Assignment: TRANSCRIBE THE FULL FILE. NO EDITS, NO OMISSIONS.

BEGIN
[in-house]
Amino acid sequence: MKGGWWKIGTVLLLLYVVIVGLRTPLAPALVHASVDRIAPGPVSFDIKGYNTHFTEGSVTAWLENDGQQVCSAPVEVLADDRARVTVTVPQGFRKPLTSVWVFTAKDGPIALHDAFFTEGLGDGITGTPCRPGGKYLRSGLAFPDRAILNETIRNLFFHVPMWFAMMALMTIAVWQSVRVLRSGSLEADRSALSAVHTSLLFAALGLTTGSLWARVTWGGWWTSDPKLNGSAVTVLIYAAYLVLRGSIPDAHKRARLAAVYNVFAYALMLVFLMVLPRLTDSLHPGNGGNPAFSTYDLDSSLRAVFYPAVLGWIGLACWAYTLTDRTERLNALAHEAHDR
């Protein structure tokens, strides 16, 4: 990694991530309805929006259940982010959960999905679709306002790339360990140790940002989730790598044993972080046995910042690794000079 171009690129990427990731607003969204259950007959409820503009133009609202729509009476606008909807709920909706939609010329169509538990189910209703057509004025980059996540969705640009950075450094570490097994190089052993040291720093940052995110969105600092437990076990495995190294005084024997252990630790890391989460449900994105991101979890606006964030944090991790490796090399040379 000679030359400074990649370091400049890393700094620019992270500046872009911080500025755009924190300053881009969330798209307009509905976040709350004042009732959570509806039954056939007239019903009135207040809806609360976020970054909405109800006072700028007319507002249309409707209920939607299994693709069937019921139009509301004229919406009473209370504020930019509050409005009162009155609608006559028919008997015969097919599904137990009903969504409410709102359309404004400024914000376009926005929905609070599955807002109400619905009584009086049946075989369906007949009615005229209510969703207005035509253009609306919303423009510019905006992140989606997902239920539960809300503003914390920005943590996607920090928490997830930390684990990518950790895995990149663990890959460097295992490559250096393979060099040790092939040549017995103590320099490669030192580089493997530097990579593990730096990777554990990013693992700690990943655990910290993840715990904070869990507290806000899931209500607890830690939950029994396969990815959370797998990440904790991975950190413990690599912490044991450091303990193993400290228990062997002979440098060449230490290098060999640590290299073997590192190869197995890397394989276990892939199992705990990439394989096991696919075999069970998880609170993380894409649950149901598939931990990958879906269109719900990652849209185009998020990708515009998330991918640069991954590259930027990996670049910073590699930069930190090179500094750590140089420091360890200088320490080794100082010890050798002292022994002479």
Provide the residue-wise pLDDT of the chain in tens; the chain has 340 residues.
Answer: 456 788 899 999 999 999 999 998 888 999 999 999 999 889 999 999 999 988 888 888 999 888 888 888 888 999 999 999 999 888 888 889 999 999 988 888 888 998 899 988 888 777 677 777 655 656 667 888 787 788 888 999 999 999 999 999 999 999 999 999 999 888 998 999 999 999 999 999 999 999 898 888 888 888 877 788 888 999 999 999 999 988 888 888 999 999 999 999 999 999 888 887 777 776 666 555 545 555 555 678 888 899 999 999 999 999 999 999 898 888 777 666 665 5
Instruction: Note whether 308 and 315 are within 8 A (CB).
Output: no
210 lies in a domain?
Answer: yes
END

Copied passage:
[in-house]
Amino acid sequence: MKGGWWKIGTVLLLLYVVIVGLRTPLAPALVHASVDRIAPGPVSFDIKGYNTHFTEGSVTAWLENDGQQVCSAPVEVLADDRARVTVTVPQGFRKPLTSVWVFTAKDGPIALHDAFFTEGLGDGITGTPCRPGGKYLRSGLAFPDRAILNETIRNLFFHVPMWFAMMALMTIAVWQSVRVLRSGSLEADRSALSAVHTSLLFAALGLTTGSLWARVTWGGWWTSDPKLNGSAVTVLIYAAYLVLRGSIPDAHKRARLAAVYNVFAYALMLVFLMVLPRLTDSLHPGNGGNPAFSTYDLDSSLRAVFYPAVLGWIGLACWAYTLTDRTERLNALAHEAHDR
């Protein structure tokens, strides 16, 4: 990694991530309805929006259940982010959960999905679709306002790339360990140790940002989730790598044993972080046995910042690794000079 171009690129990427990731607003969204259950007959409820503009133009609202729509009476606008909807709920909706939609010329169509538990189910209703057509004025980059996540969705640009950075450094570490097994190089052993040291720093940052995110969105600092437990076990495995190294005084024997252990630790890391989460449900994105991101979890606006964030944090991790490796090399040379 000679030359400074990649370091400049890393700094620019992270500046872009911080500025755009924190300053881009969330798209307009509905976040709350004042009732959570509806039954056939007239019903009135207040809806609360976020970054909405109800006072700028007319507002249309409707209920939607299994693709069937019921139009509301004229919406009473209370504020930019509050409005009162009155609608006559028919008997015969097919599904137990009903969504409410709102359309404004400024914000376009926005929905609070599955807002109400619905009584009086049946075989369906007949009615005229209510969703207005035509253009609306919303423009510019905006992140989606997902239920539960809300503003914390920005943590996607920090928490997830930390684990990518950790895995990149663990890959460097295992490559250096393979060099040790092939040549017995103590320099490669030192580089493997530097990579593990730096990777554990990013693992700690990943655990910290993840715990904070869990507290806000899931209500607890830690939950029994396969990815959370797998990440904790991975950190413990690599912490044991450091303990193993400290228990062997002979440098060449230490290098060999640590290299073997590192190869197995890397394989276990892939199992705990990439394989096991696919075999069970998880609170993380894409649950149901598939931990990958879906269109719900990652849209185009998020990708515009998330991918640069991954590259930027990996670049910073590699930069930190090179500094750590140089420091360890200088320490080794100082010890050798002292022994002479």
Provide the residue-wise pLDDT of the chain in tens; the chain has 340 residues.
Answer: 456 788 899 999 999 999 999 998 888 999 999 999 999 889 999 999 999 988 888 888 999 888 888 888 888 999 999 999 999 888 888 889 999 999 988 888 888 998 899 988 888 777 677 777 655 656 667 888 787 788 888 999 999 999 999 999 999 999 999 999 999 888 998 999 999 999 999 999 999 999 898 888 888 888 877 788 888 999 999 999 999 988 888 888 999 999 999 999 999 999 888 887 777 776 666 555 545 555 555 678 888 899 999 999 999 999 999 999 898 888 777 666 665 5
Instruction: Note whether 308 and 315 are within 8 A (CB).
Output: no
210 lies in a domain?
Answer: yes